Honesty isn’t a quality that only same sex relationships require, but in my experience, some men I’ve dated seem to find it incredibly difficult to tell the fucking truth! I guess that’s why I like to be so brutally honest myself.

I briefly picked up on this in my last column, but I think most guys would find it difficult to trust someone once they’ve been cheated on. University, for most people, was a time to get drunk, discover yourself, get even drunker and explore your sexuality to the fullest – as well as going to the odd lecture when you could drag yourself out of bed. I was definitely no different.

However, at this point in my life, I was around 8 stone heavier, had a severe lack of confidence and unfortunately was in serious denial about who or what I deserved. I made plenty of bad choices; from friends who took advantage to that guy who I thought was cute giving me a smile or glance in the bar then treating me like something he could use and dispose of after he’d finished.

I also dated a guy for a while. I didn’t particularly fancy him or even find him attractive, some of the things you could argue are pre-requisites when choosing a boyfriend. On reflection, I think I only dated him because I felt an urge to be wanted, needed even, due to the way I was feeling about myself, which I now know isn’t a good enough reason to date someone.

The guy in question didn’t treat me well. He would never want to meet up (apart from when it suited him), I never got invited around to his house, and when I dared question him as to where he had been on one occasion, he became so aggressive that I thought he may hit me. He didn’t. The relationship was destructive for all involved.

All the warning signs were there but I chose to ignore them. My life kind of reminded me of a scene in the film A Few Good Men (if you haven’t seen it, I would recommend it, mainly for Tom Cruise) in which Jack Nicholson, blind with rage, screams ‘You can’t handle the truth!’. Tom Cruise’s character could handle it but I couldn’t handle the truth from my boyfriend or my friends, let alone myself.

Craig Barton, our columnist

I ended the relationship and felt a sudden relief and realisation; I was much happier single than I ever was in a toxic relationship. I had reached a point in my life where I knew I didn’t need a man to survive. It was only shortly after that I found out he had cheated on me during our relationship. I should really have guessed that he was capable of it since I was so suspicious of him throughout the entire time we were together.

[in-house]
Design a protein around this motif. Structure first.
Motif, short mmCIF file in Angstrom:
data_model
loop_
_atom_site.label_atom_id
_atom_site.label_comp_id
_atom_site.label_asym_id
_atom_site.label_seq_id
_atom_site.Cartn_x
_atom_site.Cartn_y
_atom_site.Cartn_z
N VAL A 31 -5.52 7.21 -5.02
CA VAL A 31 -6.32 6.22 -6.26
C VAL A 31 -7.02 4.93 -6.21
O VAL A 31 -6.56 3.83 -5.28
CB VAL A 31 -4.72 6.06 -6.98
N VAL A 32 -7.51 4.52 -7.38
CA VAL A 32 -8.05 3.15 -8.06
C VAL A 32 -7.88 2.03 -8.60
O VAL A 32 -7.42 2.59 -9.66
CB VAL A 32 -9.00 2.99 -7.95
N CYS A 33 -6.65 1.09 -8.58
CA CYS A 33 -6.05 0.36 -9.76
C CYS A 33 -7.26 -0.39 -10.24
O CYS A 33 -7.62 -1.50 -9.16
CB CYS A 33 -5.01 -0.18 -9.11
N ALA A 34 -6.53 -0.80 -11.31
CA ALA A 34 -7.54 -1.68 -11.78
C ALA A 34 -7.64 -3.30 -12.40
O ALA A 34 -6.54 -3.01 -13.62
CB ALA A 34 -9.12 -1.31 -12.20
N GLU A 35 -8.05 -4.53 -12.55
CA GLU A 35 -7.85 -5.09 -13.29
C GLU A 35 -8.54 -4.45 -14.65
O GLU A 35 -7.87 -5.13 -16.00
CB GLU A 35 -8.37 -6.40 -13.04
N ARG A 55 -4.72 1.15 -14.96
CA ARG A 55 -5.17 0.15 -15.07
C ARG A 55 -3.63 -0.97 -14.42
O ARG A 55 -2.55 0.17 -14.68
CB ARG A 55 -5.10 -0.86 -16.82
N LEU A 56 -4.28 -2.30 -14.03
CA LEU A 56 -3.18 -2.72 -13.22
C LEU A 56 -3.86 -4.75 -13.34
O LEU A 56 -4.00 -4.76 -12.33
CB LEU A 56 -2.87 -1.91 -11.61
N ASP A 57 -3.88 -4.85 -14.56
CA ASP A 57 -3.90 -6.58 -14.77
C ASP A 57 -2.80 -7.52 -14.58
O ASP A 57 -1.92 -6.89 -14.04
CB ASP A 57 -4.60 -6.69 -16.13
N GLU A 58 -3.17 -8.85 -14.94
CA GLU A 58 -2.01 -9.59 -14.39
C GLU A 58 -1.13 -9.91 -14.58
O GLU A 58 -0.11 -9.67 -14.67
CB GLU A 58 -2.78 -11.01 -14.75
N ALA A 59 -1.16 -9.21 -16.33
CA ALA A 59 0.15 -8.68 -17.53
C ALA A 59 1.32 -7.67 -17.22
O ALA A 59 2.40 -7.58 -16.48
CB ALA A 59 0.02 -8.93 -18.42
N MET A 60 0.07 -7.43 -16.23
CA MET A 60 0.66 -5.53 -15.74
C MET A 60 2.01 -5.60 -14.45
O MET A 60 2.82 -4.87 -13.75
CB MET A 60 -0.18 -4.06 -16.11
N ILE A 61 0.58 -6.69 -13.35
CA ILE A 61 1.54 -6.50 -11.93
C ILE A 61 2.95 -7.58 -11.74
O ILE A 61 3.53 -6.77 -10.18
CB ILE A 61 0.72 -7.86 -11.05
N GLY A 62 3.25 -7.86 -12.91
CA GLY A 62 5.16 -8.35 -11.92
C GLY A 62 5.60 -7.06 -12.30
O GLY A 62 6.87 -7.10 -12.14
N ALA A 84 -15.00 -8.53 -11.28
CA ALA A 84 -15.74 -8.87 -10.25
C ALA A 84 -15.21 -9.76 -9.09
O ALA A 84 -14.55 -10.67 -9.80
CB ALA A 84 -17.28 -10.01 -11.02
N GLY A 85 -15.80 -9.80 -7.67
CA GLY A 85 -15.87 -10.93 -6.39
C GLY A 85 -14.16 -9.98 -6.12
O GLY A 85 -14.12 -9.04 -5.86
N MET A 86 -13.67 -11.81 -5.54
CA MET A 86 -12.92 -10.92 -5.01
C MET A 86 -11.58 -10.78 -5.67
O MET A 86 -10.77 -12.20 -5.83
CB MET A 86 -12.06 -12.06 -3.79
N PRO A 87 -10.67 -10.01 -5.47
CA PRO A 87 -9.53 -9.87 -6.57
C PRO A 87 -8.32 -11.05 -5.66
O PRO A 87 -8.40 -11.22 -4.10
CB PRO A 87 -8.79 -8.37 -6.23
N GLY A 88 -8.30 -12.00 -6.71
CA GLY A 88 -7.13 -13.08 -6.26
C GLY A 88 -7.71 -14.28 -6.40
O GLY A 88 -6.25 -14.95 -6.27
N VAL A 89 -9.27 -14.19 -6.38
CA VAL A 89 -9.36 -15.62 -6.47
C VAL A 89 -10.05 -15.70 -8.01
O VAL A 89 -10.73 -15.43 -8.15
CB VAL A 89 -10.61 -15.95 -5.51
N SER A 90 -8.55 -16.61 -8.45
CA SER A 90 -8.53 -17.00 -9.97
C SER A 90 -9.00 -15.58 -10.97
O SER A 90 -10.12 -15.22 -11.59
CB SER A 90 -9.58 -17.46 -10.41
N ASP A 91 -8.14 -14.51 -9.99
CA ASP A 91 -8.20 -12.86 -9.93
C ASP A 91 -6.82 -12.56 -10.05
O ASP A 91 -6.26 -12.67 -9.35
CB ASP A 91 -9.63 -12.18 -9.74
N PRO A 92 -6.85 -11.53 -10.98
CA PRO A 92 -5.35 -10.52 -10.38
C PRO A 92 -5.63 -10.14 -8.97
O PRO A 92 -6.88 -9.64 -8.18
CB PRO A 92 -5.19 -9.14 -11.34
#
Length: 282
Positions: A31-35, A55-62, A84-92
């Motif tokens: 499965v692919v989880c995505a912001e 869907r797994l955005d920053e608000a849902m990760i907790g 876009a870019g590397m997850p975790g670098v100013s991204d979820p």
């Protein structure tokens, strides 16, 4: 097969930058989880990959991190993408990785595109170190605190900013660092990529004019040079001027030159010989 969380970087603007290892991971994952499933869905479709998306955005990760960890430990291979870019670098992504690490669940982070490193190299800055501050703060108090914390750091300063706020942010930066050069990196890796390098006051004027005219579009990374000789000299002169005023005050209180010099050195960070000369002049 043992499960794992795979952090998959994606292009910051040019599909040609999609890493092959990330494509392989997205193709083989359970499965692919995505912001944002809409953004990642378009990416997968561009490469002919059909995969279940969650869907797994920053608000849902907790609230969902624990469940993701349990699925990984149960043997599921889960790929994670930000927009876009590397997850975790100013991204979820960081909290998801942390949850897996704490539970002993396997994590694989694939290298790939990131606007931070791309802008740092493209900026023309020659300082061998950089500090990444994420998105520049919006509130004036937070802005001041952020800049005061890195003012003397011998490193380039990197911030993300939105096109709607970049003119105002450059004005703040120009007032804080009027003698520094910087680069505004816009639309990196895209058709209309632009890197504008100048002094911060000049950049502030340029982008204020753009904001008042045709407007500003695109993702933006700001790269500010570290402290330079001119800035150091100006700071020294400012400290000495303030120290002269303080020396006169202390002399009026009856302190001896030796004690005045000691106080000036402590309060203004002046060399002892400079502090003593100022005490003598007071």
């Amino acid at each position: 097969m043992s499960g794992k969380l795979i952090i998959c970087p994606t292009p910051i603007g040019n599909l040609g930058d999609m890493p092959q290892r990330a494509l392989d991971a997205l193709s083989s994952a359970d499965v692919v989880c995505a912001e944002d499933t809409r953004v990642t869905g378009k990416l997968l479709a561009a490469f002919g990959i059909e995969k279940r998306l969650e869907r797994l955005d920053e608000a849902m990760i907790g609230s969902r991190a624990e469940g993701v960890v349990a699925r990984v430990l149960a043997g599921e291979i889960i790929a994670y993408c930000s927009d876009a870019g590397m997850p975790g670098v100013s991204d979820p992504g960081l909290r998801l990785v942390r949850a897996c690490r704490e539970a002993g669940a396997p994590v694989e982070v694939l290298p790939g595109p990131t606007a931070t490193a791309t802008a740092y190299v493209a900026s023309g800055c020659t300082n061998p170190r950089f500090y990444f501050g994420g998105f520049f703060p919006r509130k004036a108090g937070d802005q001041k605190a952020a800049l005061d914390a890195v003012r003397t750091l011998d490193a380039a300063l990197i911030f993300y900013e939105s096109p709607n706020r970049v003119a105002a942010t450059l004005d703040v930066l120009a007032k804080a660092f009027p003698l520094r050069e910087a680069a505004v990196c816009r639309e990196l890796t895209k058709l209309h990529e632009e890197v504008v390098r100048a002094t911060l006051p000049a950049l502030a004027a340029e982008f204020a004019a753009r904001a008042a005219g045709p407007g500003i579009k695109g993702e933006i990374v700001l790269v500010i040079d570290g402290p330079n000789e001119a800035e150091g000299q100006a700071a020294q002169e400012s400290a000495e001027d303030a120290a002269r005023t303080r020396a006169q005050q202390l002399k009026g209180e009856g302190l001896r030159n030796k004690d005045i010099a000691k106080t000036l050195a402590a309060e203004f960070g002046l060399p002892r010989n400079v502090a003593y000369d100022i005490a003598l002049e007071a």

Afterwards, I knew what was most important was the way I felt about myself and that I needed to put myself first for once. That was one of the reasons I knew I had to lose the weight. To me, it was the one thing that was holding me back. The flab was literally suffocating me and my life, and it needed to change.

I lost the weight, gained some much-needed confidence (a little too much for some people) and am coming up to 3 years with the love of my life. However, the betrayal and the ease with which my previous boyfriend found it to lie and cheat on me will haunt me forever, meaning I do find it difficult to trust people.

Trust is essential in any relationship (or so my boyfriend Matt tells me). I do trust him now, but I found it difficult at the beginning. Since then we’ve both been completely honest about how we feel. We communicate if there is something wrong or I get that niggling feeling of suspicion in my head. In fact, I feel liberated in being so open with someone and not being afraid of the judgement I’ve experienced in the past. There is no point lying to your partner as eventually, it will catch up with you; us gays know we can’t live a lie better than anyone.

We’ve all been hurt, some of us worse than others. My experience probably doesn’t come close to those of others reading this. But what we all have in common is that to truly grow, to love and commit to someone again, eventually we need to let down our guard and learn to trust again.

You can’t forget the past but you can move past it and learn from the experience. It isn’t simple, but over time and by letting your partner gain your trust in him, you will get there and be all the better for it.

Words by Craig Barton